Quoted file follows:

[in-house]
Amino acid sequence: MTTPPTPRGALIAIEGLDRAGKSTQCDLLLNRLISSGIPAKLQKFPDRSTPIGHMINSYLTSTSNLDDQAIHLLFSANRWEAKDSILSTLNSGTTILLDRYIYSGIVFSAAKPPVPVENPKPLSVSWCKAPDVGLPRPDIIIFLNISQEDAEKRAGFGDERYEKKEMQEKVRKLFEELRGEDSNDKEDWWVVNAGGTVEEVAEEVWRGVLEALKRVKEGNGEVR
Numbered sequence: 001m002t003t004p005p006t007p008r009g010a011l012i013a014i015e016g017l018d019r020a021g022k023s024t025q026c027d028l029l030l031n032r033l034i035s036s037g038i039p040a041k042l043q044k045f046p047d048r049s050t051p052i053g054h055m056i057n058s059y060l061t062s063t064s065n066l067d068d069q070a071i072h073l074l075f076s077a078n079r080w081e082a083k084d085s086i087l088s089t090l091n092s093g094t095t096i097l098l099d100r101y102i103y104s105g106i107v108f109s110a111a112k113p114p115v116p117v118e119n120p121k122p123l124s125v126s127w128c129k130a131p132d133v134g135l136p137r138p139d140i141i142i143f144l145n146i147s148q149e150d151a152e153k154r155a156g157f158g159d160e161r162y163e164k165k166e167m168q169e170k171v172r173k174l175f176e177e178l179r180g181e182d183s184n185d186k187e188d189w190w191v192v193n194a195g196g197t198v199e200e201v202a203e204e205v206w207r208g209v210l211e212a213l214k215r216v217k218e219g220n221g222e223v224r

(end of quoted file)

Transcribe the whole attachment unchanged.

[in-house]
Amino acid sequence: MTTPPTPRGALIAIEGLDRAGKSTQCDLLLNRLISSGIPAKLQKFPDRSTPIGHMINSYLTSTSNLDDQAIHLLFSANRWEAKDSILSTLNSGTTILLDRYIYSGIVFSAAKPPVPVENPKPLSVSWCKAPDVGLPRPDIIIFLNISQEDAEKRAGFGDERYEKKEMQEKVRKLFEELRGEDSNDKEDWWVVNAGGTVEEVAEEVWRGVLEALKRVKEGNGEVR
Numbered sequence: 001m002t003t004p005p006t007p008r009g010a011l012i013a014i015e016g017l018d019r020a021g022k023s024t025q026c027d028l029l030l031n032r033l034i035s036s037g038i039p040a041k042l043q044k045f046p047d048r049s050t051p052i053g054h055m056i057n058s059y060l061t062s063t064s065n066l067d068d069q070a071i072h073l074l075f076s077a078n079r080w081e082a083k084d085s086i087l088s089t090l091n092s093g094t095t096i097l098l099d100r101y102i103y104s105g106i107v108f109s110a111a112k113p114p115v116p117v118e119n120p121k122p123l124s125v126s127w128c129k130a131p132d133v134g135l136p137r138p139d140i141i142i143f144l145n146i147s148q149e150d151a152e153k154r155a156g157f158g159d160e161r162y163e164k165k166e167m168q169e170k171v172r173k174l175f176e177e178l179r180g181e182d183s184n185d186k187e188d189w190w191v192v193n194a195g196g197t198v199e200e201v202a203e204e205v206w207r208g209v210l211e212a213l214k215r216v217k218e219g220n221g222e223v224r